It is unfortunate, but there is an association between people who suffer from sex addiction and sex offenders. Roughly half of convicted sex offenders can be diagnosed with a sex addiction. However, what is missing is a deviation between the two groups. It is commonly believed that people can become addicted to sex due to a chemical reaction in the brain. For sex offenders, it is accepted that they do not act for sexual gratification. They instead act out of a perverse need for power, dominance, control, revenge, or even anger. Not all sex offenders are addicted to sex, and not everyone who is addicted to sex will become a sex offender.
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Finding Treatment For Sex Addiction
Seeking help for sex addiction can be a tricky thing. Due to misunderstandings about what sex addiction actually entails, many people don’t know if they have it or if they can actually recover. Just know that recovery is always an option. If you don’t know where to start, then contact a treatment provider today. They are available to answer any rehab-related questions you may have.
Cooper Smith earned his Bachelor’s in Writing for Entertainment from Full Sail University. While he was initially interested in a career in television, he saw an issue in his community and felt compelled to do something more. Now, he uses his knowledge to reach out to people who may need help and make the public aware of issues we are facing as a society. When he isn’t behind a computer, Cooper travels somewhere new.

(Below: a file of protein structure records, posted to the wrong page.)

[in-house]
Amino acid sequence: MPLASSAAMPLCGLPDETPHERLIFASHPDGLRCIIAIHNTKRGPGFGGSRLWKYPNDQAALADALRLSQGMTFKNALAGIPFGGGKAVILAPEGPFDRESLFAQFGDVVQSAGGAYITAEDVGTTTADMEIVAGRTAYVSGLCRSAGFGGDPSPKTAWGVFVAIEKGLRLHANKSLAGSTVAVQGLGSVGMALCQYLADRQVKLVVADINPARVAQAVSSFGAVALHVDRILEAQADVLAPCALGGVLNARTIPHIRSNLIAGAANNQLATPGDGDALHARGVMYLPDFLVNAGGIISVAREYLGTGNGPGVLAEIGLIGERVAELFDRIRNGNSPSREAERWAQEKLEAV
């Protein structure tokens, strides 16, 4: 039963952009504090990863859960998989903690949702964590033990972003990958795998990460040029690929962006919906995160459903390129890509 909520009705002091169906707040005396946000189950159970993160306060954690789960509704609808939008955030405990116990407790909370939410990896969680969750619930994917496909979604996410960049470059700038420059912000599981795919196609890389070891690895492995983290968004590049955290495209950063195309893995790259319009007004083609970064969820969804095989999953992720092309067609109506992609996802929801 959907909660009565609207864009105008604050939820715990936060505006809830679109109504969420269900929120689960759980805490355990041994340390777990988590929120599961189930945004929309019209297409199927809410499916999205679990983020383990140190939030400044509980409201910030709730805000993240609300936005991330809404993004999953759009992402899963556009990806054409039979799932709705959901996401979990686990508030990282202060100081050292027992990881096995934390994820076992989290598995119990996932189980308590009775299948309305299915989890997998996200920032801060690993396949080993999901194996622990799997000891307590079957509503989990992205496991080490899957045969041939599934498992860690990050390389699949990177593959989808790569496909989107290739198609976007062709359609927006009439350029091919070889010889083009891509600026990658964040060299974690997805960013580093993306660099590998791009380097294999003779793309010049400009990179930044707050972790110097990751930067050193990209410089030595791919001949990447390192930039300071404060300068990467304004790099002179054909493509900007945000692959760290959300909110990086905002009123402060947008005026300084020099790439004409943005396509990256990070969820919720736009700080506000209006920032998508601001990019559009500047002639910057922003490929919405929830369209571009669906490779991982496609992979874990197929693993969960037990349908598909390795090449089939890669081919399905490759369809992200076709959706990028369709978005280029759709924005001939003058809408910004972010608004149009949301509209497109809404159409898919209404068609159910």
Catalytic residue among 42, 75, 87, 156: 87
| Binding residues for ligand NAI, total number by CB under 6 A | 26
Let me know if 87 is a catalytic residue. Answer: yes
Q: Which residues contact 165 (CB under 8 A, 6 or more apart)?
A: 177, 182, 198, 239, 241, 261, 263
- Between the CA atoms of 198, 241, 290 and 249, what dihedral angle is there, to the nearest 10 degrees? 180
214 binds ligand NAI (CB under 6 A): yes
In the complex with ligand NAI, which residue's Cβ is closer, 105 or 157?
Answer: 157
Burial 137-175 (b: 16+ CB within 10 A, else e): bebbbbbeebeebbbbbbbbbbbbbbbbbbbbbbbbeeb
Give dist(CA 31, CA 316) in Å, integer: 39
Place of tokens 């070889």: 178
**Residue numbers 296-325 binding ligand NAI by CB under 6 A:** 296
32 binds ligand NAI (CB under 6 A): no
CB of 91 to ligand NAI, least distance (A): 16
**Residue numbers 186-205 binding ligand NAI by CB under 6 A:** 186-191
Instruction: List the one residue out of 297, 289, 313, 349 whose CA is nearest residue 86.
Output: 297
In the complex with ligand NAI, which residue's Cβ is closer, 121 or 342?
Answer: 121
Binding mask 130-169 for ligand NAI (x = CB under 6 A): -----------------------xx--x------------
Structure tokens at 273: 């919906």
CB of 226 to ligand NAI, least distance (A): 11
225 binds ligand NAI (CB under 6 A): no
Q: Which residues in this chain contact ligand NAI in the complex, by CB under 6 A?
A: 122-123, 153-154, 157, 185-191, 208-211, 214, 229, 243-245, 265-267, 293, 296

- More from Cooper Smith
- Fong, Timothy W. (2006). Understanding and Managing Compulsive Sexual Behaviors. Retrieved on November 15th, 2018, from https://www.ncbi.nlm.nih.gov/pmc/articles/PMC2945841/
- Herkov, Michael PhD. (2018). What is Sexual Addiction. Retrieved on November 15th, 2018, from https://psychcentral.com/lib/what-is-sexual-addiction/
- Herkov, Michael PhD. (2018). Symptoms of Sexual Addiction. Retrieved on November 15th, 2018, from https://psychcentral.com/lib/symptoms-of-sexual-addiction/
- LaPierre, Jim. (2014). Treating Co-occurring Sex & Substance Addictions. Retrieved on November 15th, 2018, from https://www.choosehelp.com/topics/sex-addiction/treatment-for-co-occurring-sex-substance-addictions
- Psychology Today. (2018). Hypersexuality (Sex Addiction). Retrieved on November 15th, 2018, from https://www.psychologytoday.com/us/conditions/hypersexuality-sex-addiction
Certified Addiction Professional
David embarked on his journey into sobriety in June of 2005, which led him to his current career path as a Certified Professional Addiction Recovery Coach in private practice in Greater Nashville. David is also a public speaker and the author of two books. David is cohost of the weekly Positive Sobriety Podcast, as well as being a frequent contributor to various articles and recovery based materials. As a member of the National Association of Alcohol and Drug Abuse Counselors (NAADAC), David works closely with area treatment centers, recovery orientated nonprofit organizations, as well as being a keynote speaker for various recovery-focused events.
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All of the information on this page has been reviewed and verified by a certified addiction professional.